Susan Brownmiller sparked a fundamental shift in society’s understanding of rape with her groundbreaking book, Against Our Will: Men, Women, and Rape. Brownmiller participated the Civil Rights movement through sit-ins, picket lines, and Freedom Summer in Mississippi and continued her work with civil rights and antiwar protests after she returned to editorial work for Newsweek and the Village Voice. In 1968, when the women’s movement burst on the national scene, Brownmiller became involved as an activist and gravitated to the issue of violence against women. Her book, Against Our Will, published in 1975, examined everything from early human law codes to current portrayals of rape in newspapers and popular music. She was the first to argue that rape is an issue of power and control, not sexual desire, and that rape is not the victim’s fault. The book is credited with changing laws requiring a corroborating witness for rape and allowing evidence about the victim’s sexual history in rape trials. Brownmiller went on to write In Our Time: Memoir of a Revolution about her involvement with the women’s movement, and to speak out about violence against women.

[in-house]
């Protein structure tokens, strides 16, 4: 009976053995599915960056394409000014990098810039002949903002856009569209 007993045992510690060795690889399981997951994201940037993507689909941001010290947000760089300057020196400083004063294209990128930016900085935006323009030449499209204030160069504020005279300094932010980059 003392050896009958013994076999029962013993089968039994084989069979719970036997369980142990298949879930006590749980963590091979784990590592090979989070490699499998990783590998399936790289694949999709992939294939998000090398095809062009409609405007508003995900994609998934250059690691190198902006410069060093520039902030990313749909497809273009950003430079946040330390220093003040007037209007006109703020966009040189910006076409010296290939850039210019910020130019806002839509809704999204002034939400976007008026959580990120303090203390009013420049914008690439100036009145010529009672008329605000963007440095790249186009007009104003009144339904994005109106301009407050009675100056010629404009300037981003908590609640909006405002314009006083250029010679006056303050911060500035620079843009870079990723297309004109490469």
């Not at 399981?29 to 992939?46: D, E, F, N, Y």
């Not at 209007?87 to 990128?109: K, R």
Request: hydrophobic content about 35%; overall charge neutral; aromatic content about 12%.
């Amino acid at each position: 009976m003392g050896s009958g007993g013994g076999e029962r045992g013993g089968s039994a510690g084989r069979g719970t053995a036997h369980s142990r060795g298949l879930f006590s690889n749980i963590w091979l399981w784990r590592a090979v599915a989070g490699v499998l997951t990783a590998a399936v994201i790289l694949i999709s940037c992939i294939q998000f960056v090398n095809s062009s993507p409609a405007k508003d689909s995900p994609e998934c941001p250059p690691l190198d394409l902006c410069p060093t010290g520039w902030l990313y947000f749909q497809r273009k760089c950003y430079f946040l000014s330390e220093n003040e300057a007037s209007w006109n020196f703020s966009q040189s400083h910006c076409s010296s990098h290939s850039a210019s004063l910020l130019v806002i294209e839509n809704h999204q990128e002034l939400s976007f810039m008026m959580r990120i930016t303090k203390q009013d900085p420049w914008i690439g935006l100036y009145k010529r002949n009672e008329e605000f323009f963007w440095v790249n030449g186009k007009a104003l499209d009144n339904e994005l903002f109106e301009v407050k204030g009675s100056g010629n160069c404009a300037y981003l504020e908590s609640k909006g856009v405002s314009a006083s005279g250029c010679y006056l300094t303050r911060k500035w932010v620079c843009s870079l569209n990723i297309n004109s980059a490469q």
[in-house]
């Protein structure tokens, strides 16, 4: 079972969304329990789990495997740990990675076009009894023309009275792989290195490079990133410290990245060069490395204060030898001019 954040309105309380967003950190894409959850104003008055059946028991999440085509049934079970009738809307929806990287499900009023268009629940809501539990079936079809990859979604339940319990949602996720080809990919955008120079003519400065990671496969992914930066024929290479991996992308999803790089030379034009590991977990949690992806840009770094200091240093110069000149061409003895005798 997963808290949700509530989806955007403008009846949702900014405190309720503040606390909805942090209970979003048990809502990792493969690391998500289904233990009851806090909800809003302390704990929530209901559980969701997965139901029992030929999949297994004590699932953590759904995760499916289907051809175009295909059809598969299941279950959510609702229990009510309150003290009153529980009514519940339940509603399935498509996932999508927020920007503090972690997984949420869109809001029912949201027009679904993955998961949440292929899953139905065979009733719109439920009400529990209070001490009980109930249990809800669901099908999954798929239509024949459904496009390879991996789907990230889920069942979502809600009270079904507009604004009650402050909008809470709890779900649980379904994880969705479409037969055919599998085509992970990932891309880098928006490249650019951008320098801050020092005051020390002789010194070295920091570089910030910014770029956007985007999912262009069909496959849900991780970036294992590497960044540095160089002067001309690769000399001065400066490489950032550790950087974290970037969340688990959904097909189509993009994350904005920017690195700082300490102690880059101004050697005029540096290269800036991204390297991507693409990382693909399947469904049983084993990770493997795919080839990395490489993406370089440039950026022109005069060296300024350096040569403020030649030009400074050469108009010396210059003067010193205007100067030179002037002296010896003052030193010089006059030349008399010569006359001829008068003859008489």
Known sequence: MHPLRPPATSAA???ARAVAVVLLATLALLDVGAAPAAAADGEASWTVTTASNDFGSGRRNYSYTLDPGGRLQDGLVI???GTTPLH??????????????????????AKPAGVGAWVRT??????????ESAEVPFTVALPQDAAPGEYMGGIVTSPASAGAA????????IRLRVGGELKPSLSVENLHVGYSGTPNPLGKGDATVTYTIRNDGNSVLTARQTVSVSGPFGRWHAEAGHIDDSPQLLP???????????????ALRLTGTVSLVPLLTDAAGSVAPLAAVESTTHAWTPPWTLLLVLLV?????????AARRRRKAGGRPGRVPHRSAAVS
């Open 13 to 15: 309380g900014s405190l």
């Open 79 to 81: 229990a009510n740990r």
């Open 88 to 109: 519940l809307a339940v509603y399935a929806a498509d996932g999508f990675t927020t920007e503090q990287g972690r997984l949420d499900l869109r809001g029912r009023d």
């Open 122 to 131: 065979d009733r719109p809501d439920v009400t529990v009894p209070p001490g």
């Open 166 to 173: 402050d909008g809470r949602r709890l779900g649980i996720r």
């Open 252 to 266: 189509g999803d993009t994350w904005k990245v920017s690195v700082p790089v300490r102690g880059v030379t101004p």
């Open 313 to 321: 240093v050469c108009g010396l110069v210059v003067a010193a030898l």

How to cite this page
Jewish Women's Archive. "Susan Brownmiller." (Viewed on October 1, 2016) <http://jwa.org/people/brownmiller-susan>.